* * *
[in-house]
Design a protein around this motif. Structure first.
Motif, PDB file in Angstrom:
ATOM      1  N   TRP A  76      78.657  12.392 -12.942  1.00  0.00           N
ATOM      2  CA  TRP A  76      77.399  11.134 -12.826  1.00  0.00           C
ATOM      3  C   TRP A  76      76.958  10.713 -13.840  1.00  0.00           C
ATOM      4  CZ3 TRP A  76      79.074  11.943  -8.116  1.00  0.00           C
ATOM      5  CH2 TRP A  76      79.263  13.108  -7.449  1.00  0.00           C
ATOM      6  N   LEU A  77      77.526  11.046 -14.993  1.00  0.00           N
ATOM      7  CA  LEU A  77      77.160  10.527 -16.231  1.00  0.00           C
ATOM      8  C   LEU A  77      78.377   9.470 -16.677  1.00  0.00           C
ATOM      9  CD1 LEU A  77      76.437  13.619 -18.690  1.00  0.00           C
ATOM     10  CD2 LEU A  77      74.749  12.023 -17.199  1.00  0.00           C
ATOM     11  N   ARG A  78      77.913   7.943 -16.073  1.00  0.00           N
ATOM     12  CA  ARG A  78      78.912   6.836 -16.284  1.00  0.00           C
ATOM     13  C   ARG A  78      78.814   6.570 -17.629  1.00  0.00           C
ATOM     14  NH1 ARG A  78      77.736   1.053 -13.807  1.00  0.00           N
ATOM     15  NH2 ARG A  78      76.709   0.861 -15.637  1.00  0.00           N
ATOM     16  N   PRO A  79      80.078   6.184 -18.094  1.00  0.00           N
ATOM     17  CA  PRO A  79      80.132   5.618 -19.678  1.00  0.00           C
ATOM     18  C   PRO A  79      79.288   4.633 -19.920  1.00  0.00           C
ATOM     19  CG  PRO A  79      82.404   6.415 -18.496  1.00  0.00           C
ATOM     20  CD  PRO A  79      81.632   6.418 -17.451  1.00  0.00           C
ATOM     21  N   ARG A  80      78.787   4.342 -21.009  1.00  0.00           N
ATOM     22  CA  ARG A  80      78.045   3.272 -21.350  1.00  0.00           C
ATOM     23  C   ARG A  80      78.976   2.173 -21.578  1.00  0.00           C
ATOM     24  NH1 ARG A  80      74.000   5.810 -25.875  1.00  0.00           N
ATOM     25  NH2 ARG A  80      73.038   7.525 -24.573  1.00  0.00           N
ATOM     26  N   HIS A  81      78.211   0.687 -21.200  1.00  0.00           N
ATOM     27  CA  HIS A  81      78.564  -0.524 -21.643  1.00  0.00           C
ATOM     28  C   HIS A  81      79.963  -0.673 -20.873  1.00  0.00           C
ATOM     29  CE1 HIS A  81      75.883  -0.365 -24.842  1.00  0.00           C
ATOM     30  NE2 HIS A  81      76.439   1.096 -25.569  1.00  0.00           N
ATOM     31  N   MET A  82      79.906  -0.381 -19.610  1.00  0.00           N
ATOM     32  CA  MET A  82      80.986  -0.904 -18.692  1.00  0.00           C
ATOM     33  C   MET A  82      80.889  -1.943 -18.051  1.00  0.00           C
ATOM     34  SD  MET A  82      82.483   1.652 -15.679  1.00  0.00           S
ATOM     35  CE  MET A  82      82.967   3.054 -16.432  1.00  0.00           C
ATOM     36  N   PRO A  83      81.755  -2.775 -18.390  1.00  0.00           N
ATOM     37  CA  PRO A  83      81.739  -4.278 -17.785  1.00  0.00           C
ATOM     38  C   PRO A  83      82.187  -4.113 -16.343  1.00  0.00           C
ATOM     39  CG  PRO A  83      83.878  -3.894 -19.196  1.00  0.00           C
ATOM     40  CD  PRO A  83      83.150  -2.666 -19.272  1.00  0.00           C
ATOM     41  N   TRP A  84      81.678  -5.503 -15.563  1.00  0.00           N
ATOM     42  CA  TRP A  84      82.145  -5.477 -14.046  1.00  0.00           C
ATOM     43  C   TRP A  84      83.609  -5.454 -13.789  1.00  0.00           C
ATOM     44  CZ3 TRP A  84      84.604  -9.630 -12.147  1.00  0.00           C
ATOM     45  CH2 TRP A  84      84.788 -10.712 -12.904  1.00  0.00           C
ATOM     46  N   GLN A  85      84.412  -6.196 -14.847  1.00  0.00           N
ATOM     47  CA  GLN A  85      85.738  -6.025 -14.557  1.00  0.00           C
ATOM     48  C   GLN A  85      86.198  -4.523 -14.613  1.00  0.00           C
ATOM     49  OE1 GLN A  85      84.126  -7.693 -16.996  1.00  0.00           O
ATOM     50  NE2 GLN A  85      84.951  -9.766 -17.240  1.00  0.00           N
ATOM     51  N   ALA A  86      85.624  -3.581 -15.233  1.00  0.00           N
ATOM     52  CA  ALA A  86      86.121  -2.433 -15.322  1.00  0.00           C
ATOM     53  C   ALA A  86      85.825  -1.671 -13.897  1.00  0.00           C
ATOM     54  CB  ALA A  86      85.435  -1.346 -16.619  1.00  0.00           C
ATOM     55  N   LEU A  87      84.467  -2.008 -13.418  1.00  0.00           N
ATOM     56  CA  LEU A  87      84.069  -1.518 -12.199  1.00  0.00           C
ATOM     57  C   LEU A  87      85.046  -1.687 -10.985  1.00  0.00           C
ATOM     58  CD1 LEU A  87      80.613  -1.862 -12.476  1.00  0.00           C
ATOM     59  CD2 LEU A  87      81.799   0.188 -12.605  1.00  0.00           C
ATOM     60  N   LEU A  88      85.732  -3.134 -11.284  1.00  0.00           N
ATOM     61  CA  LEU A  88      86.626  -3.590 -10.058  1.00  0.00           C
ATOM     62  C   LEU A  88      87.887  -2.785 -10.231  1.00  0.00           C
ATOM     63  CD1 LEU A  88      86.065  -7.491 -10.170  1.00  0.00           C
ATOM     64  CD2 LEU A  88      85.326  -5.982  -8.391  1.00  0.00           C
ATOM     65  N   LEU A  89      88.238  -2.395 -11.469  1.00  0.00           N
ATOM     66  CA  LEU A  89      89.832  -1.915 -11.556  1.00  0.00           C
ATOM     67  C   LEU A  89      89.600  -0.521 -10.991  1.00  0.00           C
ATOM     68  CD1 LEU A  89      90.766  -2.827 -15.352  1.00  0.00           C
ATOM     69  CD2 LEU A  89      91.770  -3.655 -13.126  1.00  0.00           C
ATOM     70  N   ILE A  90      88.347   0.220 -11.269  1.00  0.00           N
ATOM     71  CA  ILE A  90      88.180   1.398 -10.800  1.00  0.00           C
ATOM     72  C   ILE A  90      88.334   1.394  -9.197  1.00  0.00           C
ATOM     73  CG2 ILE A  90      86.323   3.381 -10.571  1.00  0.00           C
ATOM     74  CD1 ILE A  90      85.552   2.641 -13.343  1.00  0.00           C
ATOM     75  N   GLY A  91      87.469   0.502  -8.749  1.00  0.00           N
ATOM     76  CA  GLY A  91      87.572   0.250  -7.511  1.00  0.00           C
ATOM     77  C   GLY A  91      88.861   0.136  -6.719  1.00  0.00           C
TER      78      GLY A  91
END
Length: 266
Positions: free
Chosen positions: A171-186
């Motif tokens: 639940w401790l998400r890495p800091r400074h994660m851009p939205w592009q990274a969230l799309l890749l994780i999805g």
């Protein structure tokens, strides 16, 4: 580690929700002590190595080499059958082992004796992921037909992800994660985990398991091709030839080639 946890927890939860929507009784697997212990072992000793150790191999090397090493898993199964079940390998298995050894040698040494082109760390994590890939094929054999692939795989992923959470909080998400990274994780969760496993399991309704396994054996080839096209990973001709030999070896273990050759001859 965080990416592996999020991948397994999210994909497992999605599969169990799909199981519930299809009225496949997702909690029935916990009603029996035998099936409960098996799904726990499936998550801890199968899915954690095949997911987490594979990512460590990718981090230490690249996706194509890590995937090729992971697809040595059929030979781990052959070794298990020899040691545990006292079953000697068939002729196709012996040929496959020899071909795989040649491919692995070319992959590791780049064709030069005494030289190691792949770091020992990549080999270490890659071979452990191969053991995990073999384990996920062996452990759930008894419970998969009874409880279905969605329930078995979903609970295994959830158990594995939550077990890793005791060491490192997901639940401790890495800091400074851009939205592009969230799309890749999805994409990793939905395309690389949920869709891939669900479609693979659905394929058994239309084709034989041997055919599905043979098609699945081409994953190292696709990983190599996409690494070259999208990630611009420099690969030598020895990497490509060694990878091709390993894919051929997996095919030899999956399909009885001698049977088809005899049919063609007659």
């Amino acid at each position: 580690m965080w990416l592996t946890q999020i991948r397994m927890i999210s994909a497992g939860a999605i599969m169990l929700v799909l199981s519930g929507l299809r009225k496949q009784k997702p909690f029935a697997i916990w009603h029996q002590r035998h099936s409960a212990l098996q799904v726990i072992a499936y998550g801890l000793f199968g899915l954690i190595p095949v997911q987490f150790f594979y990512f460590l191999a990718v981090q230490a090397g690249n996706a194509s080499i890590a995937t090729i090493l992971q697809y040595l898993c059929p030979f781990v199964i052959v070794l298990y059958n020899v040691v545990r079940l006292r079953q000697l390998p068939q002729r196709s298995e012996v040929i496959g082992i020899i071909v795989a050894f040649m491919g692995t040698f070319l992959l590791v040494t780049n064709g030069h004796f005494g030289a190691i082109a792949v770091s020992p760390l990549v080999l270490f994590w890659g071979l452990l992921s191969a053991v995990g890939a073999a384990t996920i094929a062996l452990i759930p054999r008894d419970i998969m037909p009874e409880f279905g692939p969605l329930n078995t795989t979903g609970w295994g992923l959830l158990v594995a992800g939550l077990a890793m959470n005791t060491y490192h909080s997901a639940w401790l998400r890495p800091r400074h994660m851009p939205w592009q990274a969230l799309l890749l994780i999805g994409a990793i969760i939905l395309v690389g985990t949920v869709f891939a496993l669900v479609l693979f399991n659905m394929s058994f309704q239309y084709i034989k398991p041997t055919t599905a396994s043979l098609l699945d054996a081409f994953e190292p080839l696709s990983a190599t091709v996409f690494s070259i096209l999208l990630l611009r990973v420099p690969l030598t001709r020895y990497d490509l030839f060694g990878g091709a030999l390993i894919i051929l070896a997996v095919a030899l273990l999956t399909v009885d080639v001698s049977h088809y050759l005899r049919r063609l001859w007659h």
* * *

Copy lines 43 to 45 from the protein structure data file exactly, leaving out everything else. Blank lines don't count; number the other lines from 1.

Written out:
ATOM     40  CD  PRO A  83      83.150  -2.666 -19.272  1.00  0.00           C
ATOM     41  N   TRP A  84      81.678  -5.503 -15.563  1.00  0.00           N
ATOM     42  CA  TRP A  84      82.145  -5.477 -14.046  1.00  0.00           C